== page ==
Wednesday, November 2, 2016

Medical Tourism Comes to France

Ever since my un-expected encounter with mortality and the French medical system back in 2007 (see my post “Thinking about Having Brain Surgery During Your Stay?”), I have been encouraging my fellow Americans to come to France for medical care.  Not only do they have some of the best doctors and hospitals in Europe, but the price is definitely right. For example, a friend told me that an MRI can cost up to $6,000 in the US, while here it would cost $200 max (and I should know, I get them every two years).   For that price, you could come to France, take a tour of the Loire Valley, get your MRI and still have spare change.  The only tricky part would be the paperwork: stuff like visas, insurance papers, and making sure your prescriptions/doctor’s instructions would be accepted on this side of the pond. 

But it seems that is no longer an issue.  After watching from afar as Germany, Belgium and the UK profited from US medical pricing excesses, France has finally jumped on the medical tourism bandwagon.  As of November 1, the French public hospital network (Assistance publique-Hôpitaux de Paris) is launching a medical tourism program aimed directly at foreign visitors who wish to benefit from competitive prices and quality care.  And while that care usually comes in a plain brown wrapper here in France (bland waiting rooms, ugly doctors offices, minimal creature comfort options), this new program offers packages that include medical care, hotel stay and concierge service.  You simply send in your application with your medical records to a hospital specialist with a secure server, and they send you back a quote for the package. 

The only catch is they want you to prepay. Though some are complaining that the new program is meant to attract Arab sheiks and millionaires, I suspect that your average American could enjoy major savings, especially if they could get their insurance company to agree to pay part of the cost.  I can’t find an actually fee breakdown for the 110 treatments covered by the program (for both adults and children), and rumor has it there is a 20-30% price hike for foreigners, but judging from my own experience (a visit to a GP costs 23 euros here), I’ll bet the rates are quite competitive.

While I loudly applaud Obamacare, it is but a first step towards a democratic health system in the US, a mere thumbtack in the toe of the mega-monster that has grown out of unregulated medical fees (remember Stephen Brill’s amazing article in Time Magazine in 2013? Here’s an update). So why not make the most of medical tourism?  Especially now that it’s official:  you can visit France AND have hip replacement for a fraction of the cost in the US!  What are you waiting for?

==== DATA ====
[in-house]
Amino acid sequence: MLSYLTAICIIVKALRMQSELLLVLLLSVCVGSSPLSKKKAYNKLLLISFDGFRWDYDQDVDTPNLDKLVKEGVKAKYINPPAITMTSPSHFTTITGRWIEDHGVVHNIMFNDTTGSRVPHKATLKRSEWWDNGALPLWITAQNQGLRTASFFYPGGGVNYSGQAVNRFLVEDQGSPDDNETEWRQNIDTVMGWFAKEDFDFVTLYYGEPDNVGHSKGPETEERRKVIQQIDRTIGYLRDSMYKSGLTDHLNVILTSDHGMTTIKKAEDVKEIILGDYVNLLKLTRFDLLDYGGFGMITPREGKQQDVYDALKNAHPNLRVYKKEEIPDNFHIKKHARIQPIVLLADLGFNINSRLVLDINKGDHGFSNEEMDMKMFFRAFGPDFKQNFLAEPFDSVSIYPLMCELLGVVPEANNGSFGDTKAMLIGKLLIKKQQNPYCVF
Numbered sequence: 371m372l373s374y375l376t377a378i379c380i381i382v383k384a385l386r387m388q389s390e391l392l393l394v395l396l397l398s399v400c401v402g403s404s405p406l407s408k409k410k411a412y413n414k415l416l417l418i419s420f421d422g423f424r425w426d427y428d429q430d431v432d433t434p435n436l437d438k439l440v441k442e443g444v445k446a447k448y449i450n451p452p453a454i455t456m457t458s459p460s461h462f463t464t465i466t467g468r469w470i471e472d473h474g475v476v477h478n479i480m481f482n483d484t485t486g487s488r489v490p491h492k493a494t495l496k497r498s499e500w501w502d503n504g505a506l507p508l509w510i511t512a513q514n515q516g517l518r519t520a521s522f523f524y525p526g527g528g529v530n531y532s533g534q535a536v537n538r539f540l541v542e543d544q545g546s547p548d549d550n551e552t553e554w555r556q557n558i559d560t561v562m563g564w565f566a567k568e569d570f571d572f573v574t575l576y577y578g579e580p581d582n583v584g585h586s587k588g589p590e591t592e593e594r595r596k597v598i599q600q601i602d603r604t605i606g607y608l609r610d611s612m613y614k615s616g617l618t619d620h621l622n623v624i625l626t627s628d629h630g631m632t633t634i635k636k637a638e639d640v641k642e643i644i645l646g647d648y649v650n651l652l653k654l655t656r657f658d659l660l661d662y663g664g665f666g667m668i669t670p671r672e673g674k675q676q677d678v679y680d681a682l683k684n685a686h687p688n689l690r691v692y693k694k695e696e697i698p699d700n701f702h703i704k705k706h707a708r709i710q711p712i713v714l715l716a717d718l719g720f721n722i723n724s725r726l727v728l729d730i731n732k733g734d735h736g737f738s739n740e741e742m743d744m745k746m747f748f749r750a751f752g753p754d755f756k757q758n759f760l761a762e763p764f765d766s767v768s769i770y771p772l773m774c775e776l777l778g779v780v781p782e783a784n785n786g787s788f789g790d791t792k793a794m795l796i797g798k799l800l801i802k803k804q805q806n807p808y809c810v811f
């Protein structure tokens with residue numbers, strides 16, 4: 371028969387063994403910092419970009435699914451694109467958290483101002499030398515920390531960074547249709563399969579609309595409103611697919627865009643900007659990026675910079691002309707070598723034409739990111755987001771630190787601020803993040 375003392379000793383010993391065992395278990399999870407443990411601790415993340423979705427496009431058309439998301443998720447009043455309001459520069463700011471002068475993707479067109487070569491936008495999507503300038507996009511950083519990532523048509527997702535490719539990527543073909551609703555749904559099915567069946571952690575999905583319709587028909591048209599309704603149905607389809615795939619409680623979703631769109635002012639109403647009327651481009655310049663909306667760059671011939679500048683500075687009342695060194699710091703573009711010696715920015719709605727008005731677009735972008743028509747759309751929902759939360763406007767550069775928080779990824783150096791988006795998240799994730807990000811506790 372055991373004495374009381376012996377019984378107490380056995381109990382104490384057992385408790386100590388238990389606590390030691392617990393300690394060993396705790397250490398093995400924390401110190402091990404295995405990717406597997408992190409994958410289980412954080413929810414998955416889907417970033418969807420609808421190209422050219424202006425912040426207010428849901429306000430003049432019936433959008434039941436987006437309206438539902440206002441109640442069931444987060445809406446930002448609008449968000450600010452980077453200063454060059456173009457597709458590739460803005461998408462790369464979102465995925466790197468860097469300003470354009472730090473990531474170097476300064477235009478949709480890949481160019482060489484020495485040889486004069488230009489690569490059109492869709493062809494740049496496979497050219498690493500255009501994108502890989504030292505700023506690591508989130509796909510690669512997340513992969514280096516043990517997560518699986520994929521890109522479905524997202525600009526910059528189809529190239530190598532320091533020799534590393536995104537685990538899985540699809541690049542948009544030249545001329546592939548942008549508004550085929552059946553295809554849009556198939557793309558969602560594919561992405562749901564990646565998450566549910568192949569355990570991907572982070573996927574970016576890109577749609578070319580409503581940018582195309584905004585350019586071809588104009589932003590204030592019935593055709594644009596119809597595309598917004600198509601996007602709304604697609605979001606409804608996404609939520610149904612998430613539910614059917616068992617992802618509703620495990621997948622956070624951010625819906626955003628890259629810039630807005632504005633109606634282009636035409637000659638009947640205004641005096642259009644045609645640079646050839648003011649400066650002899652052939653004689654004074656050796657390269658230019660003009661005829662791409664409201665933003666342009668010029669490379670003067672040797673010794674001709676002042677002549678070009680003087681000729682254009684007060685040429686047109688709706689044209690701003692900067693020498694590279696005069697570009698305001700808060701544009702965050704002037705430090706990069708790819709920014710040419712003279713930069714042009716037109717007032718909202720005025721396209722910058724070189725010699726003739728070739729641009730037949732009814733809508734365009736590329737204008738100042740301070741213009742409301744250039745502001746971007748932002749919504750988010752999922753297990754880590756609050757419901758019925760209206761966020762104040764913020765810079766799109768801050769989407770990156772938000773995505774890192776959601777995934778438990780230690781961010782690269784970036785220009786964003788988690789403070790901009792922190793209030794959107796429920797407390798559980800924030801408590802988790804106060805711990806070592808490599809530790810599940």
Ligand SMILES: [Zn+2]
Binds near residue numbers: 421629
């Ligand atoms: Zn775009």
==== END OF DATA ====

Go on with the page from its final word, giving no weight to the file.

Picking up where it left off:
Rebecca said...

Unfortunately, there is very little chance that an American insurance company will pay for any part of care while overseas. I specifically asked my insurance company before leaving for several months abroad last year.

At first, the agent said yes, it would be covered as out of network, so I'd be on the hook for about half. But I made him check with a supervisor, because I really didn't believe that was the case and it was too important to trust to a low paid customer service rep.

Sure enough, he came back and said that no international treatment was covered at all. Thank goodness I have no pre-existing conditions, so my travel insurance would have covered anything I needed. But that wouldn't work in a case where you are actually bringing your medical records of an existing condition.

A medical savings account might work for that, though. And, though Obamacare was the merest first step, pretty much only for the pre-existing condition coverage, it looks like we won't even have that for much longer.

Personally, I'm planning to get out of the country as soon after the inauguration as possible and staying away for as much of the next four years as I can. And I hope to spend at least a few months a year in France, if not more. Hopefully not in need of health care, though.

Rebecca said...

I followed the links to older posts, which were great, and read the comments - which leads to a question. Can you tell us how much the supplemental insurance costs per month? Folks in the US who have Medicare have great socialized medicine, and when supplemental insurance is added, every single thing is covered. My mother, in her eighties, was paying about $250 a month for her supplemental insurance years ago, though I believe there may have been cheaper alternatives. I don't know what that runs now, and won't find out for another couple of years, but I'd love to know what that runs in France. Thanks!

Margie Rynn said...

I am so sorry that it took me so long to get back to you on this. I missed your comment somehow in my e-mail. It's hard to say exactly how much supplemental health insurance is in France as it depends on age, etc., but it's less than in the US. I just did an estimate with Matmut and they estimated 70 euros per month for pretty high coverage.

As far as paying for health care, even if your US health insurance doesn't pay, coverage over here is so much cheaper that for everyday stuff like doctors visits, it will still probably be less than your co-pay. As for the medical tourism aspect, that is done on dossier, so you would have to know ahead of time what kind of operation you were going for over here, and then submit a file with the hospital, and then work out what your insurance would cover. Don't quote me on this, but I think if you get in an accident over here, you will be treated, whether you are covered or not. It's a different mentality, the idea being, health care is a right, and taking care of people is the right thing to do.

Don't be too ready to move to France - wait until the elections. We've got our own potential horror show going on over here with Marine Le Pen.